A simple way to get more done in less time

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You’ve heard that multitasking is less efficient than doing one thing at a time. But do you know why?

The answer is that we’re not really multitasking. That’s a misnomer. The term implies that we’re doing two (or more) tasks at the same time. In truth, our brains won’t allow this. What we’re really doing is “task switching”.

We may switch rapidly from one task to the next but according to research, the simple act of constantly switching tasks can cost us up to 40 percent more time.

Apparently, when we stop one task and start another, in order to help us focus, our brains go through a process of shutting down the rules it is following for the first task and opening up a different set of rules for the task we are about to switch to.

Minimize task switching, and you might be able to get the same amount of work done in five hours that would otherwise take eight.

To minimize task switching, we should do whatever we can to finish one task before starting another. That means giving ourselves a big enough block of time to complete a project, or take it as far as we can, in one sitting.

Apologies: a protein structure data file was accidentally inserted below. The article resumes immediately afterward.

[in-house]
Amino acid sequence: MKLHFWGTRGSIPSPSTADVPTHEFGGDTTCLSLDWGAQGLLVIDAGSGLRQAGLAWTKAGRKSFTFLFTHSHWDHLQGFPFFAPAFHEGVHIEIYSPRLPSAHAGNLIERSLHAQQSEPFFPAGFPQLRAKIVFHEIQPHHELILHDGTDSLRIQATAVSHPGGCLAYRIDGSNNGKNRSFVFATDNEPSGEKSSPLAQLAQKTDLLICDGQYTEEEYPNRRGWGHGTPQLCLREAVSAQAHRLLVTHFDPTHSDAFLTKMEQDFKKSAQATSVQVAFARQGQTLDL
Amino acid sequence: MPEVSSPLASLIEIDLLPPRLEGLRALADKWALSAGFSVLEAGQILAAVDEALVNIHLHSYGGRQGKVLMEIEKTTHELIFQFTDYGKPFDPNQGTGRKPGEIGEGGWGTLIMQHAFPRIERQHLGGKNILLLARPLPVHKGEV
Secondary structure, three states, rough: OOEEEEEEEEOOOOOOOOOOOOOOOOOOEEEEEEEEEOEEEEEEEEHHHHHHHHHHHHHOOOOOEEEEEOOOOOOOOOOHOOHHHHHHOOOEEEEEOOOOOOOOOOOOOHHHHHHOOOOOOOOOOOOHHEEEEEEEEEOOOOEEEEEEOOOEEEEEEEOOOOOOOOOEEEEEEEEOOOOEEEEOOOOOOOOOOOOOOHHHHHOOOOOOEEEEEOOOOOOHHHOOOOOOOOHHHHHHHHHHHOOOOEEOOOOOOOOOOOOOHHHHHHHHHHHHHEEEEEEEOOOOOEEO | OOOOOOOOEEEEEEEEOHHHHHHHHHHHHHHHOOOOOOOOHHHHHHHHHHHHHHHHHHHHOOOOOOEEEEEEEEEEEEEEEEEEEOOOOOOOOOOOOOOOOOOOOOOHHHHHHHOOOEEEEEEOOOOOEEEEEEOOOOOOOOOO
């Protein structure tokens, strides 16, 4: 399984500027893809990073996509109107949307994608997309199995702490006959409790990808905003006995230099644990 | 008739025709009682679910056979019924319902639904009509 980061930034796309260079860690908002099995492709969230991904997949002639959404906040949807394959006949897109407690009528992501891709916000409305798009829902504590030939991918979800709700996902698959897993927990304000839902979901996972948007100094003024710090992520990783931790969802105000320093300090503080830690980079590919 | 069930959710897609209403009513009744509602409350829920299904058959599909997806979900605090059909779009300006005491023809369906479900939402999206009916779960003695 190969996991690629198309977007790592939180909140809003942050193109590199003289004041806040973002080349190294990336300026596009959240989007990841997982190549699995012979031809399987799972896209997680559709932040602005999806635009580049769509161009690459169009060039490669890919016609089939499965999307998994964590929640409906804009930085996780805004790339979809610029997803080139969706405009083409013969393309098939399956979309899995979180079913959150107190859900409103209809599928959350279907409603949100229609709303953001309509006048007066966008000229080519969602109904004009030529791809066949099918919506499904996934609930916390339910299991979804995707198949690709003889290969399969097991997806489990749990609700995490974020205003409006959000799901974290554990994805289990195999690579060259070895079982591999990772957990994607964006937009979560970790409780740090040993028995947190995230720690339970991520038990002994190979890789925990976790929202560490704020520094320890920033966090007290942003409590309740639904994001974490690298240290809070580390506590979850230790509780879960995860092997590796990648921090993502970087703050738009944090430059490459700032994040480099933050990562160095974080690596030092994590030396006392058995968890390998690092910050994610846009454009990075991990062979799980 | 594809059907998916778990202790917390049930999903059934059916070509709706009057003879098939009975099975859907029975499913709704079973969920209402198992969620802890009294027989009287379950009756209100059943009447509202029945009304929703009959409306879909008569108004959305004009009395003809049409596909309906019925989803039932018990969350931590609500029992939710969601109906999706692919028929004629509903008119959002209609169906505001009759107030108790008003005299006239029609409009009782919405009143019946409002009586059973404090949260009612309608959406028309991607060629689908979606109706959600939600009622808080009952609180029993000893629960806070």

Researching and writing a brief for a solid two hours is better than doing it 30 minutes at a time.

If you have smaller tasks, do them in batches. For example, do all of your research or make all of your calls during the same block of time.

And, minimize distractions and interruptions. Turn off your phone when you’re working on a writing project. Make sure your staff knows not to disturb you. Because according to other research, every time we get interrupted or distracted, it takes an average of twenty minutes to get back to where we left off.

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